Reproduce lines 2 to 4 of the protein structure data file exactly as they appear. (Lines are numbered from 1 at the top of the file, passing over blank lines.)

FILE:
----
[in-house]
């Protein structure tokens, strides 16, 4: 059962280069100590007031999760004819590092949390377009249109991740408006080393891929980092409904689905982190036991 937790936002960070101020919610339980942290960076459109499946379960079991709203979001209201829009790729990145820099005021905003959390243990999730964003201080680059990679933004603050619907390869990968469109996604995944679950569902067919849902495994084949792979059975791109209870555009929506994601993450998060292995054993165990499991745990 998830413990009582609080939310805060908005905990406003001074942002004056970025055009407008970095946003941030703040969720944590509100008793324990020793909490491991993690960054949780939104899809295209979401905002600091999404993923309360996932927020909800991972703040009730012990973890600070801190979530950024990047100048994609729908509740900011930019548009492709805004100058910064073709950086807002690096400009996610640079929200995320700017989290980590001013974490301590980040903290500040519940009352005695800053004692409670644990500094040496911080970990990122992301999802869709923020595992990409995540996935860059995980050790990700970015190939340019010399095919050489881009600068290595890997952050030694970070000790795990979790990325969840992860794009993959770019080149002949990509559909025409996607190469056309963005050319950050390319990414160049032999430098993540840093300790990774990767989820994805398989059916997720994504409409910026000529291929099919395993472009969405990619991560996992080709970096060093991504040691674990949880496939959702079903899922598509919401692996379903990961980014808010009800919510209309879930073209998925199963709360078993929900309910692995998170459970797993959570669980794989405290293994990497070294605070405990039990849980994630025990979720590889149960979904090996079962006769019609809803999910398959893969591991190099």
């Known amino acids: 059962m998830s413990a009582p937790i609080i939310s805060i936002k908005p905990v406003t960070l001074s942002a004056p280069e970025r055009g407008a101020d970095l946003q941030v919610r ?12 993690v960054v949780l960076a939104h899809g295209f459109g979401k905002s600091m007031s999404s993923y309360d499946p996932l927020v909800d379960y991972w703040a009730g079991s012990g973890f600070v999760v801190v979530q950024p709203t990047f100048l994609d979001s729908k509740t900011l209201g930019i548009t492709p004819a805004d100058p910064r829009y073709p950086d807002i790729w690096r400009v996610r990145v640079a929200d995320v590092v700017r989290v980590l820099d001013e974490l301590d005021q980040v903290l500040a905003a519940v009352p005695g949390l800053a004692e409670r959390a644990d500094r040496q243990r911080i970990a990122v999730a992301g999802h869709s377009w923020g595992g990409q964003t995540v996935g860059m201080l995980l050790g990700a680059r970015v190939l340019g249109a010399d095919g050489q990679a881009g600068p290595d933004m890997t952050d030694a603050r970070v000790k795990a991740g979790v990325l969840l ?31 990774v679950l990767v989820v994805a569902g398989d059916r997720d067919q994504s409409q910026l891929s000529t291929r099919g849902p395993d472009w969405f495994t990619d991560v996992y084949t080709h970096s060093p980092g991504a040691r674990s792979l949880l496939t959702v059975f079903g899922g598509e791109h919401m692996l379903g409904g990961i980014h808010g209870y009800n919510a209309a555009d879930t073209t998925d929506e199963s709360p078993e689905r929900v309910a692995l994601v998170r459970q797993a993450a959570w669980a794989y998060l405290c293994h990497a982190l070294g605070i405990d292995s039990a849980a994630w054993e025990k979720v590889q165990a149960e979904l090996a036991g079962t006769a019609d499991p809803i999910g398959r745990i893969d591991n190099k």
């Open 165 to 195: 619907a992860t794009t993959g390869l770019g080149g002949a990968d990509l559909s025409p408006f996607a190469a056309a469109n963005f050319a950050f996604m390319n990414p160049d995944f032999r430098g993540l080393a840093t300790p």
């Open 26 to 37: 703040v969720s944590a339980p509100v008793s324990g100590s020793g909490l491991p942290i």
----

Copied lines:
């Protein structure tokens, strides 16, 4: 059962280069100590007031999760004819590092949390377009249109991740408006080393891929980092409904689905982190036991 937790936002960070101020919610339980942290960076459109499946379960079991709203979001209201829009790729990145820099005021905003959390243990999730964003201080680059990679933004603050619907390869990968469109996604995944679950569902067919849902495994084949792979059975791109209870555009929506994601993450998060292995054993165990499991745990 998830413990009582609080939310805060908005905990406003001074942002004056970025055009407008970095946003941030703040969720944590509100008793324990020793909490491991993690960054949780939104899809295209979401905002600091999404993923309360996932927020909800991972703040009730012990973890600070801190979530950024990047100048994609729908509740900011930019548009492709805004100058910064073709950086807002690096400009996610640079929200995320700017989290980590001013974490301590980040903290500040519940009352005695800053004692409670644990500094040496911080970990990122992301999802869709923020595992990409995540996935860059995980050790990700970015190939340019010399095919050489881009600068290595890997952050030694970070000790795990979790990325969840992860794009993959770019080149002949990509559909025409996607190469056309963005050319950050390319990414160049032999430098993540840093300790990774990767989820994805398989059916997720994504409409910026000529291929099919395993472009969405990619991560996992080709970096060093991504040691674990949880496939959702079903899922598509919401692996379903990961980014808010009800919510209309879930073209998925199963709360078993929900309910692995998170459970797993959570669980794989405290293994990497070294605070405990039990849980994630025990979720590889149960979904090996079962006769019609809803999910398959893969591991190099």
């Known amino acids: 059962m998830s413990a009582p937790i609080i939310s805060i936002k908005p905990v406003t960070l001074s942002a004056p280069e970025r055009g407008a101020d970095l946003q941030v919610r ?12 993690v960054v949780l960076a939104h899809g295209f459109g979401k905002s600091m007031s999404s993923y309360d499946p996932l927020v909800d379960y991972w703040a009730g079991s012990g973890f600070v999760v801190v979530q950024p709203t990047f100048l994609d979001s729908k509740t900011l209201g930019i548009t492709p004819a805004d100058p910064r829009y073709p950086d807002i790729w690096r400009v996610r990145v640079a929200d995320v590092v700017r989290v980590l820099d001013e974490l301590d005021q980040v903290l500040a905003a519940v009352p005695g949390l800053a004692e409670r959390a644990d500094r040496q243990r911080i970990a990122v999730a992301g999802h869709s377009w923020g595992g990409q964003t995540v996935g860059m201080l995980l050790g990700a680059r970015v190939l340019g249109a010399d095919g050489q990679a881009g600068p290595d933004m890997t952050d030694a603050r970070v000790k795990a991740g979790v990325l969840l ?31 990774v679950l990767v989820v994805a569902g398989d059916r997720d067919q994504s409409q910026l891929s000529t291929r099919g849902p395993d472009w969405f495994t990619d991560v996992y084949t080709h970096s060093p980092g991504a040691r674990s792979l949880l496939t959702v059975f079903g899922g598509e791109h919401m692996l379903g409904g990961i980014h808010g209870y009800n919510a209309a555009d879930t073209t998925d929506e199963s709360p078993e689905r929900v309910a692995l994601v998170r459970q797993a993450a959570w669980a794989y998060l405290c293994h990497a982190l070294g605070i405990d292995s039990a849980a994630w054993e025990k979720v590889q165990a149960e979904l090996a036991g079962t006769a019609d499991p809803i999910g398959r745990i893969d591991n190099k």
């Open 165 to 195: 619907a992860t794009t993959g390869l770019g080149g002949a990968d990509l559909s025409p408006f996607a190469a056309a469109n963005f050319a950050f996604m390319n990414p160049d995944f032999r430098g993540l080393a840093t300790p």